Mortgage payments are at some of the most affordable levels seen in the last 20 years despite the Bank of England base rate rise in November.
Typical home loan payments accounted for 29 per cent of homeowners’ disposable income in the last three months of 2017, data from Halifax shows. This compares to 48 per cent in summer 2007 and has been driven largely by historically low mortgage rates.
The lender says the average mortgage rate fell during 2017 from 2.09 per cent to 1.98 per cent.
Regional differences: Mortgage payments in London are the equivalent of 44.8% of disposable income, compared to 18.8% in Northern Ireland
Halifax adds the 29 per cent figure is the lowest it has recorded at the end of a full year in the last decade. The figure has been lower though more recently: in the second quarter of 2013 it dipped to 26.3 per cent.
Before that it is back to 1996, when 23.6 per cent of disposable income was spent servicing the monthly mortgage.
Regionally, mortgage payments are at their lowest as a proportion of disposable earnings in Northern Ireland at 18.8 per cent.
The country suffered a mini house price boom leading up to the financial crisis – in the last three months of 2007, mortgages soaked up a huge 63.1 per cent of disposable incomes in Northern Ireland, more than any other area.
In Scotland, property owners spend a typical 20.1 per cent of incomes on their home loan and in the North 20.6 per cent.
Incomes appear to be most stretched in London and the South East, with 44.8 per cent and 40.2 per cent siphoned off to pay mortgages – but still far lower than the proportion recorded in 2007.
(% in 1983-2017)
|Yorkshire and the Humber||39.6||22.8||23||28.1|
However potential mortgage rate increases makes those in the South East potentially more vulnerable to base rate hikes, the data suggests.
The Bank of England is expected to keep interest rates unchanged at 0.5 per cent next week, but the meeting will be watched closely amid expectations over another hike in May.
Governor Mark Carney has already warned borrowers that rates will need to rise ‘somewhat earlier and by a somewhat greater degree’ to get inflation back on target after stronger-than-expected growth in the economy.
Experts believe the comments last month paved the way for another quarter point rate rise as soon as May, with one more due by the end of the year, and another in 2019, which would see rates climb to 1.25 per cent.
The Halifax findings are based on mortgage payments for a new borrower, including both first-time buyers and home movers.
Average house prices and mortgage rates were used for someone with a 30 per cent deposit.
It says the average monthly take-home wage in the UK was £2,309 and the average monthly mortgage payment was £669.
The findings that mortgage payments take up around 29 per cent of wages is well below the long-term average of 35 per cent, Halifax said.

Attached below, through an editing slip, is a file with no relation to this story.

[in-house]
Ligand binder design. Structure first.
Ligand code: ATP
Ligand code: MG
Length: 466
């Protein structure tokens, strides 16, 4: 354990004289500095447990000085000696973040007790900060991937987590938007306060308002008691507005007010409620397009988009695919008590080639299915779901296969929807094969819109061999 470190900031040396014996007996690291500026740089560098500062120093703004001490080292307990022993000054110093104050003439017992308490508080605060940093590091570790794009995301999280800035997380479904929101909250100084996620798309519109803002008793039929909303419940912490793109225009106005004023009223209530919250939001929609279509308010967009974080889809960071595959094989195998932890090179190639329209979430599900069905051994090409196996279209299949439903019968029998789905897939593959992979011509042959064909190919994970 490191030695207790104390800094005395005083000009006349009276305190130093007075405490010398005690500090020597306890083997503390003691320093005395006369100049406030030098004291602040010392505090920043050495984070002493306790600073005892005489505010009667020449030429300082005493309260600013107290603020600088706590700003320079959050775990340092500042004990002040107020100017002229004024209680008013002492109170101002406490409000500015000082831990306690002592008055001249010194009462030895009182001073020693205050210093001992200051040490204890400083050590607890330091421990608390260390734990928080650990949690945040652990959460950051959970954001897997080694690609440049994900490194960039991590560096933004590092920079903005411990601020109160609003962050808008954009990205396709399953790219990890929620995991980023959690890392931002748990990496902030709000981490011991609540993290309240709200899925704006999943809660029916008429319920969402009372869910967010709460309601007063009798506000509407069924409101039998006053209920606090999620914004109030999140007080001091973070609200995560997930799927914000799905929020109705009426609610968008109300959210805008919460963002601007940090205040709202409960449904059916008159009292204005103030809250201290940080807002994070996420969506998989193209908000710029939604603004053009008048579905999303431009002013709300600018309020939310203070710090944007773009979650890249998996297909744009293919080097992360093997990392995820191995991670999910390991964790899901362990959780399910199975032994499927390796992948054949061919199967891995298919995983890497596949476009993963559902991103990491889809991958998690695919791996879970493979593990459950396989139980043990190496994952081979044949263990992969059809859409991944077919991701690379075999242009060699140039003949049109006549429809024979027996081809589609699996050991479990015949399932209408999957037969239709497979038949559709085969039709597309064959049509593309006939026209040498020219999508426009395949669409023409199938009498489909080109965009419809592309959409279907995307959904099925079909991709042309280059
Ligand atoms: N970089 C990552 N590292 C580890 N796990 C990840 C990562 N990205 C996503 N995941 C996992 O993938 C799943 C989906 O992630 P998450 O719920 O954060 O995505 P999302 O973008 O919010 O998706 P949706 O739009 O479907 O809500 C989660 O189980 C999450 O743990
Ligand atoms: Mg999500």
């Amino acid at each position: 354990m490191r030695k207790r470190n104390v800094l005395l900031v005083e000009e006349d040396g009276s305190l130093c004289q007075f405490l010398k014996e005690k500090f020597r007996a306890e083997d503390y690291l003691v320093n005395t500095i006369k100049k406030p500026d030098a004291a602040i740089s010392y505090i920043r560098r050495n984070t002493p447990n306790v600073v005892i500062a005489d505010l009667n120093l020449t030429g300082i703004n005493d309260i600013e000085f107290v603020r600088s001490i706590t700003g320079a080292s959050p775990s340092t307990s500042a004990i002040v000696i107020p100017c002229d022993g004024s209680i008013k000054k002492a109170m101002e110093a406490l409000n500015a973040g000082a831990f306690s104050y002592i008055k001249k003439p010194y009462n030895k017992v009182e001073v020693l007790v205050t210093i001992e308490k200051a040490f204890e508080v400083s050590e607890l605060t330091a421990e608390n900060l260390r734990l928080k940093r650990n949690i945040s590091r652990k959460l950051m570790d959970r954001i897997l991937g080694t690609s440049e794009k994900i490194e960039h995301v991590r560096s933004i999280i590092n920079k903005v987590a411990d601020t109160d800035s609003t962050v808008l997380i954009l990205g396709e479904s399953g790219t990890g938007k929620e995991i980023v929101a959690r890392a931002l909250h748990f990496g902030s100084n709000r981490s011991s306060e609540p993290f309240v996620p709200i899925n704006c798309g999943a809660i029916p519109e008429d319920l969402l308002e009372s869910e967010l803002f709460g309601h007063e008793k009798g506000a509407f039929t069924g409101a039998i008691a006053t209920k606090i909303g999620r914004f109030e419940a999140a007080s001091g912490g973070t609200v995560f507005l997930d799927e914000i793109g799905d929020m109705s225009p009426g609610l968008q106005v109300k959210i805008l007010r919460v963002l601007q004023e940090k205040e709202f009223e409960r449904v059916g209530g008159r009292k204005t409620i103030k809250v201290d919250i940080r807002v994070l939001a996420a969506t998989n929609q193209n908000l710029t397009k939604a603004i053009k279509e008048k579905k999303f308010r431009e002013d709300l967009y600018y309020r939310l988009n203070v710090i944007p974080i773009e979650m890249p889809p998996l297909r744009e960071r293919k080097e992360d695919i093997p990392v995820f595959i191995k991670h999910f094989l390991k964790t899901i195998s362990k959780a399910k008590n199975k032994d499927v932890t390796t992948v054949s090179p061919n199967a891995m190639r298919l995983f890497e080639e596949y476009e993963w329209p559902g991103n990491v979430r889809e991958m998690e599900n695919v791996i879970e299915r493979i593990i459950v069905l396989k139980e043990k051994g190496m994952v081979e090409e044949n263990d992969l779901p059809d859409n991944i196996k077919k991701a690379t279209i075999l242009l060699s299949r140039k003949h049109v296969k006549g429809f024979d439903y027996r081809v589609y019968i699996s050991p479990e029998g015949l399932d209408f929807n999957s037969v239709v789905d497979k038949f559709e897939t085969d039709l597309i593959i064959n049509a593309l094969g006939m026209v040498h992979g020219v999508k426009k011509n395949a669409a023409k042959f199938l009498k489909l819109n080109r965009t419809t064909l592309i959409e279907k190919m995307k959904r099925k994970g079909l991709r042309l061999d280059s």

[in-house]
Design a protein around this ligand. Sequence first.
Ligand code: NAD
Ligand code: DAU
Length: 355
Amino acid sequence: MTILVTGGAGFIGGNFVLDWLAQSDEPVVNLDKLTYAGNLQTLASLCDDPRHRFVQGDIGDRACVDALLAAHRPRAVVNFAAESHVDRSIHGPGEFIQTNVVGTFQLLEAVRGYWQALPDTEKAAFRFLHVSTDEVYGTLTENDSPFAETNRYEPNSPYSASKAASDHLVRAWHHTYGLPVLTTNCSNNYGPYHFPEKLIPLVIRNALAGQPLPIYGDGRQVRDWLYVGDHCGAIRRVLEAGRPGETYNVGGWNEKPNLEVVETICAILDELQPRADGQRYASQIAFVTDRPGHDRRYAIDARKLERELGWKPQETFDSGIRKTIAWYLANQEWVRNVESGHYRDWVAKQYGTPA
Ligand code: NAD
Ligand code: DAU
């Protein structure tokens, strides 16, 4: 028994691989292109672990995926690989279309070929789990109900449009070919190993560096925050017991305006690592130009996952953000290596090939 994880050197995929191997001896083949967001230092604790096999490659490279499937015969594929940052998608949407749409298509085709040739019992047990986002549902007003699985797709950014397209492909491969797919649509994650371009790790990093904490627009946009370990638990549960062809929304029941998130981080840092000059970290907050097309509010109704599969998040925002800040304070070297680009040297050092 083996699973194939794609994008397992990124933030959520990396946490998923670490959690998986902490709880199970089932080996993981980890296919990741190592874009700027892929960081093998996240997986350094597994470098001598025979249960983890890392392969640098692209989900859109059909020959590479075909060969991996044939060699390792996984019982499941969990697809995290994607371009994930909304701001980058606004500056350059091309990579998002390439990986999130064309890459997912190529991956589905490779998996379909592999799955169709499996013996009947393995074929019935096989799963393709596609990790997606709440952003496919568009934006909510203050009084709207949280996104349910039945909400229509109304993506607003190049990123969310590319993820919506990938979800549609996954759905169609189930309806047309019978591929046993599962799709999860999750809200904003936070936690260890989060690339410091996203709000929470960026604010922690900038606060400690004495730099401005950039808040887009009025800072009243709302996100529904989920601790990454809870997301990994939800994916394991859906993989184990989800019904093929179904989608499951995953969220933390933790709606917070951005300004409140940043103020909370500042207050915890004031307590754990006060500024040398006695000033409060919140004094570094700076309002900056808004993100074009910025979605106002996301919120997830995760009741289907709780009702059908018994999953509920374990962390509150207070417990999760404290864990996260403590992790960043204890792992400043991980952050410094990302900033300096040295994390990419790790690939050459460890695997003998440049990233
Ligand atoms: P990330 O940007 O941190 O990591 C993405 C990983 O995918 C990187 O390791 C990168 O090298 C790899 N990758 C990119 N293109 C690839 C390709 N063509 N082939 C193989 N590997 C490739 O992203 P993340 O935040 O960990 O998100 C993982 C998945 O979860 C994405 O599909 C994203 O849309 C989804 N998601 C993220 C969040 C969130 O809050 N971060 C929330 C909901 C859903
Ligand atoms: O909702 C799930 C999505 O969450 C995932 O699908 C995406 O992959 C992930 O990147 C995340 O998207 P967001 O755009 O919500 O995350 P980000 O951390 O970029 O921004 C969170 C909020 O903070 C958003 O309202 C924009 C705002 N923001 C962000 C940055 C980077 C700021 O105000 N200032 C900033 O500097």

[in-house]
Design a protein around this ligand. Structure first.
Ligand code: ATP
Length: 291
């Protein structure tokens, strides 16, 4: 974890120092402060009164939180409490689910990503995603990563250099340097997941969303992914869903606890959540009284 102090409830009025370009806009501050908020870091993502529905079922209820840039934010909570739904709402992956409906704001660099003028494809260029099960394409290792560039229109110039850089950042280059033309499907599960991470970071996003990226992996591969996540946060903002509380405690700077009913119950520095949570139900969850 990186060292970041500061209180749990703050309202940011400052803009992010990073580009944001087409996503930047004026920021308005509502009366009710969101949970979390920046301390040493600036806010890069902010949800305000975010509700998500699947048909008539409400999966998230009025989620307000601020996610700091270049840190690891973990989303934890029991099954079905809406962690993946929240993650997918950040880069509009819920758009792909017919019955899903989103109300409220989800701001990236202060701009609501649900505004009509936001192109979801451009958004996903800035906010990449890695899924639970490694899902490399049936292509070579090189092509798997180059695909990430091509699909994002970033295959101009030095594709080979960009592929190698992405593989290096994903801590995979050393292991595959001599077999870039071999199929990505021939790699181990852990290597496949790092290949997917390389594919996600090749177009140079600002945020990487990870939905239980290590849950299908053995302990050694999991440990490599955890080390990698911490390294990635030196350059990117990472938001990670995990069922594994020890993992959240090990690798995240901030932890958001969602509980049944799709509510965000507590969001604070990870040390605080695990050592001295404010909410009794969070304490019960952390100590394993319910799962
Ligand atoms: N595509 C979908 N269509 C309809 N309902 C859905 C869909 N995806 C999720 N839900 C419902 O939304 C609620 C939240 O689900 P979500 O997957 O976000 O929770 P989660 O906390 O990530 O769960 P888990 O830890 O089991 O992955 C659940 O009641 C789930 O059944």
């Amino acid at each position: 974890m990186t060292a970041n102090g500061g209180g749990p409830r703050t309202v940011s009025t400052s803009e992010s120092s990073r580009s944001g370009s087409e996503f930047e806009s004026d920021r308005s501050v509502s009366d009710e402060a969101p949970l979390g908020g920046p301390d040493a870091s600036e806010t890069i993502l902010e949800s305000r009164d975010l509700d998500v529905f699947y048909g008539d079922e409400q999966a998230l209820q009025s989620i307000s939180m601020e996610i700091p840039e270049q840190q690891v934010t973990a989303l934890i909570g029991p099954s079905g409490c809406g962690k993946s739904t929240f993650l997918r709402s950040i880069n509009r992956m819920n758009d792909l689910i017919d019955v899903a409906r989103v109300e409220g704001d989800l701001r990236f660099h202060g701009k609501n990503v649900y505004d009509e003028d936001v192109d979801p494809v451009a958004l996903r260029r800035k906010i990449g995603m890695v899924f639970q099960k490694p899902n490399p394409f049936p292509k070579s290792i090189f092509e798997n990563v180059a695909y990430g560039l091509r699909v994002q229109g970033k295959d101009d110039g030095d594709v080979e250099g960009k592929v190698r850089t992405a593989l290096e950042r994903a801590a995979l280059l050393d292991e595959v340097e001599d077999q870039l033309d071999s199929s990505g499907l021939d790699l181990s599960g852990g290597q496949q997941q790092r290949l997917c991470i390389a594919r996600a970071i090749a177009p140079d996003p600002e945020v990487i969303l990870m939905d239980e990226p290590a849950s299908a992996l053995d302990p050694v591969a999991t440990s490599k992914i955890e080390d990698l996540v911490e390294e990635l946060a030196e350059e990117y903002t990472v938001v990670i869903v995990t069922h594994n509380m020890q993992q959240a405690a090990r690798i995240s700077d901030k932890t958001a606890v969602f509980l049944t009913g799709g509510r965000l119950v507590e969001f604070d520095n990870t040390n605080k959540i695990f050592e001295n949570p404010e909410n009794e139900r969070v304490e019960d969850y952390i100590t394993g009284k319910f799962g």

Andy Bickers, mortgage director at Halifax, said: ‘In recent months we have seen the number of first-time buyers and home movers purchasing a home with a mortgage bounce back towards 2007 levels.
‘Mortgage payments have become a much smaller proportion of disposable income across most of the country will also support a heathy market with more choice and opportunity for buyers/borrowers.’
Northern Ireland: It is the cheapest region when it comes to comparing disposable income with mortgage payments
The 10 least affordable areas are predominantly in London and the South East.
Brent and Haringey are the least affordable places in the country with average mortgage payments on a new mortgage loan accounting for 61 per cent of average local disposable earnings.
This is followed by Harrow at 58 per cent and Elmbridge 56 per cent.
While the comparison of mortgage affordability over the last 10 years shows a vast improvement, when looking only over a five-year period, affordability – on this measure – has actually deteriorated.
The average mortgage rate has fallen from 3.7 per cent in 2012 to 1.98 per cent at the end of 2017, average house prices have grown by 40 per cent in the same period.
As a result, 89 local authorities have seen mortgage affordability as proportion of disposable earnings rise by at least five per cent.
In Elmbridge for instance, this measure has increased from 34 per cent to 56 per cent with an average of 22 per cent more disposable earnings devoted to mortgage payments.
The Surrey district is followed by Merton, 33 per cent to 52 per cent, and Hillingdon 38 per cent to 56 per cent.
However, there are areas where mortgage affordability has improved since 2012. In Torridge, North Devon, this ratio has fallen from 45 per cent to 35 per cent and similarly in Ceredigion, 40 per cent to 31 per cent.
Halifax used Bank of England and Office for National Statistics figures for its calculations.